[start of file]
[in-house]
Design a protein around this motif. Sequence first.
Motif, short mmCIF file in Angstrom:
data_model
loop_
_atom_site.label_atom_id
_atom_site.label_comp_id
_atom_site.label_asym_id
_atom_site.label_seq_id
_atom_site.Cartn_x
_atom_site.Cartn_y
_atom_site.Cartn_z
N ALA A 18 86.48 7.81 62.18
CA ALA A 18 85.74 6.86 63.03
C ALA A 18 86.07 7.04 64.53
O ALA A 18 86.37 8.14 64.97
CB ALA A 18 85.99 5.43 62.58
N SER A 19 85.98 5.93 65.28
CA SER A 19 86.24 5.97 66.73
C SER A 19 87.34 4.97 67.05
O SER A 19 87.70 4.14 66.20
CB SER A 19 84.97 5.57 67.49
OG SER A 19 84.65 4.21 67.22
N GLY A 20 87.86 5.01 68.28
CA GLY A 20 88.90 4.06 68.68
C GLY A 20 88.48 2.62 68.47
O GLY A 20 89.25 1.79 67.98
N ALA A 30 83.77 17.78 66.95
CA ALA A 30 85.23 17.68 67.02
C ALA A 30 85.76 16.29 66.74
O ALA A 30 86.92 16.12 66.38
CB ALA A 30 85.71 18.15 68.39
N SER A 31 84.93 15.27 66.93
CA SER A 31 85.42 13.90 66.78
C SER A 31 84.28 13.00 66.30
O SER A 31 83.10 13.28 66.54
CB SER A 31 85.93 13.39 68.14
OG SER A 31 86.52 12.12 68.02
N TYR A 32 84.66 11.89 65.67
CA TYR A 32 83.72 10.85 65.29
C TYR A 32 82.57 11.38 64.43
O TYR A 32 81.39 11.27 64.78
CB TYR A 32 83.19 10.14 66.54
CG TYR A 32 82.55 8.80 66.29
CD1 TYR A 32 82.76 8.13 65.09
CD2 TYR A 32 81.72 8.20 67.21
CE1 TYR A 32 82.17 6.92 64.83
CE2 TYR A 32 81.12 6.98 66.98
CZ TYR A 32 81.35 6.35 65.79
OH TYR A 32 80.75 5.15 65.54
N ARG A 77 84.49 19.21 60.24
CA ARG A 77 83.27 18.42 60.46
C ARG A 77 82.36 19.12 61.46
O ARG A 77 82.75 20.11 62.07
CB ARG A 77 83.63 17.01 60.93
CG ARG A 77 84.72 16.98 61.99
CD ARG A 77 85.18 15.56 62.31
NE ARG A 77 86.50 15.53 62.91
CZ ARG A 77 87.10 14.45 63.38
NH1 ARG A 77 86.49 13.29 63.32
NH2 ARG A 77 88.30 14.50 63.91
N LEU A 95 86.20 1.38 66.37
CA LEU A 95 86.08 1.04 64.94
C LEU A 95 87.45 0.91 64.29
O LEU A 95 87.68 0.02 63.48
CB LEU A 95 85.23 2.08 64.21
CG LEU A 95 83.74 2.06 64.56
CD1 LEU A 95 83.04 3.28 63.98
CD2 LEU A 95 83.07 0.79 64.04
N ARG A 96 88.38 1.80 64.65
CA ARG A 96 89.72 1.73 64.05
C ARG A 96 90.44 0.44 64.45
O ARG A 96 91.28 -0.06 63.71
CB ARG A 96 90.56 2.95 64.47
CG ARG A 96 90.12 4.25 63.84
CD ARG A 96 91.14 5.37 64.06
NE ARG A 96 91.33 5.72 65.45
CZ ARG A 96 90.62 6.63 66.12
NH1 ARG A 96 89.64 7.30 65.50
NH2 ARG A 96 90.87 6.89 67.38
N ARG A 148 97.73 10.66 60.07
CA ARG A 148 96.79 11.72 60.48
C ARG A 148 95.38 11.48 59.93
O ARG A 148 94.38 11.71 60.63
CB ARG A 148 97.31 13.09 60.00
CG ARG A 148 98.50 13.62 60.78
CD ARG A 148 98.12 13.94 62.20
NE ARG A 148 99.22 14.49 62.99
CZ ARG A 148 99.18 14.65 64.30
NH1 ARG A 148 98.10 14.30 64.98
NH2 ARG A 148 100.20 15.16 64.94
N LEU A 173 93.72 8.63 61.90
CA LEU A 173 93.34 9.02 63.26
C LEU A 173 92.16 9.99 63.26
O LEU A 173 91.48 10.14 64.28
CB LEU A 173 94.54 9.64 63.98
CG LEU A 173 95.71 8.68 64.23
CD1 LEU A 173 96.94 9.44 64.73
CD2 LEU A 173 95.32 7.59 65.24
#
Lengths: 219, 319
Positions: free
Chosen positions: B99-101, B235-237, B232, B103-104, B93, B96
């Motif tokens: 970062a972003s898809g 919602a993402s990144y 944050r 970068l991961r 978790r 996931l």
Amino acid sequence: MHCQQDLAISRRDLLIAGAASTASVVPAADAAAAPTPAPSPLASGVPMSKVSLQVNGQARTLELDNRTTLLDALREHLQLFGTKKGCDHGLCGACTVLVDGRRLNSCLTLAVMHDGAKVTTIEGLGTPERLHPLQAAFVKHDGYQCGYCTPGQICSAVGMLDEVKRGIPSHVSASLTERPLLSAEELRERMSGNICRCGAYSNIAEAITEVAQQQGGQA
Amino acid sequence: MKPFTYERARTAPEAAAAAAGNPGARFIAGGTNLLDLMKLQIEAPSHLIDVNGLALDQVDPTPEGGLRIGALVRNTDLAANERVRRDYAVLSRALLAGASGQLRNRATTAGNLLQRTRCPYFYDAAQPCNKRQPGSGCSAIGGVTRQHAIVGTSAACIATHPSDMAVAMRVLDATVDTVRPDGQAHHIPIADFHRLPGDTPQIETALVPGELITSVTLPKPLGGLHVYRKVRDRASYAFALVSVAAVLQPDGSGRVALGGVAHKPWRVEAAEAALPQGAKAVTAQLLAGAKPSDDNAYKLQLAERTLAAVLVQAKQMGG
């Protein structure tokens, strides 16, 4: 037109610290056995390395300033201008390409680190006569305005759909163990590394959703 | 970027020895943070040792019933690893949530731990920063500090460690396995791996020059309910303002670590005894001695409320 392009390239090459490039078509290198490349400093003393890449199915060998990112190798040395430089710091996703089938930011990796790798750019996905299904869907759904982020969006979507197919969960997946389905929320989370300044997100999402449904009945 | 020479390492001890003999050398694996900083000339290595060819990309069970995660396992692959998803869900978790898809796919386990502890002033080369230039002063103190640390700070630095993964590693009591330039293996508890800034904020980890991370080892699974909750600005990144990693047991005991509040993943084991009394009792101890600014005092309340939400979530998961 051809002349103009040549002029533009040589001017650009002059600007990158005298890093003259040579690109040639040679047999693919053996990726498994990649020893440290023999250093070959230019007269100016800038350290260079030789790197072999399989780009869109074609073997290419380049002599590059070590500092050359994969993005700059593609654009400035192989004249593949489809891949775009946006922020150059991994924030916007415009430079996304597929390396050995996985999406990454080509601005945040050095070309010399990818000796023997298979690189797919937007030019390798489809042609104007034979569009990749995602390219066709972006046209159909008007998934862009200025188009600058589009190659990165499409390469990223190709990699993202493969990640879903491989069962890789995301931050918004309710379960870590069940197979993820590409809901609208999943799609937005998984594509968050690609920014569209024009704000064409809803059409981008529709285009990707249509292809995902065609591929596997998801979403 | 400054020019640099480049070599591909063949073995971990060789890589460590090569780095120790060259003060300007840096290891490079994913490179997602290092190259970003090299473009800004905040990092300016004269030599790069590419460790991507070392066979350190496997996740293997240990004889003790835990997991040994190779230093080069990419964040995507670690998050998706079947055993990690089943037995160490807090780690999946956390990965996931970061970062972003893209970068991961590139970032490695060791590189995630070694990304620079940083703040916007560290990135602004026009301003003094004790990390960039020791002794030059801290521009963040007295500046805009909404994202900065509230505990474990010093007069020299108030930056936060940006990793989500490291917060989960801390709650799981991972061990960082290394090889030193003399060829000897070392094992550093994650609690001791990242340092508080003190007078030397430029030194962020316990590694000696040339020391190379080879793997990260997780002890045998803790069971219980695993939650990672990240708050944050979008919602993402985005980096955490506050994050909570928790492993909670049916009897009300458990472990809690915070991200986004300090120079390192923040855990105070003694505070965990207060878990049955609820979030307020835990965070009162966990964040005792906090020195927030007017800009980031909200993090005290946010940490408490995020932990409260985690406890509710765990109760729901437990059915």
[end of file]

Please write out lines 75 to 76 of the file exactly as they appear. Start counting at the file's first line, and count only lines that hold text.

CG ARG A 96 90.12 4.25 63.84
CD ARG A 96 91.14 5.37 64.06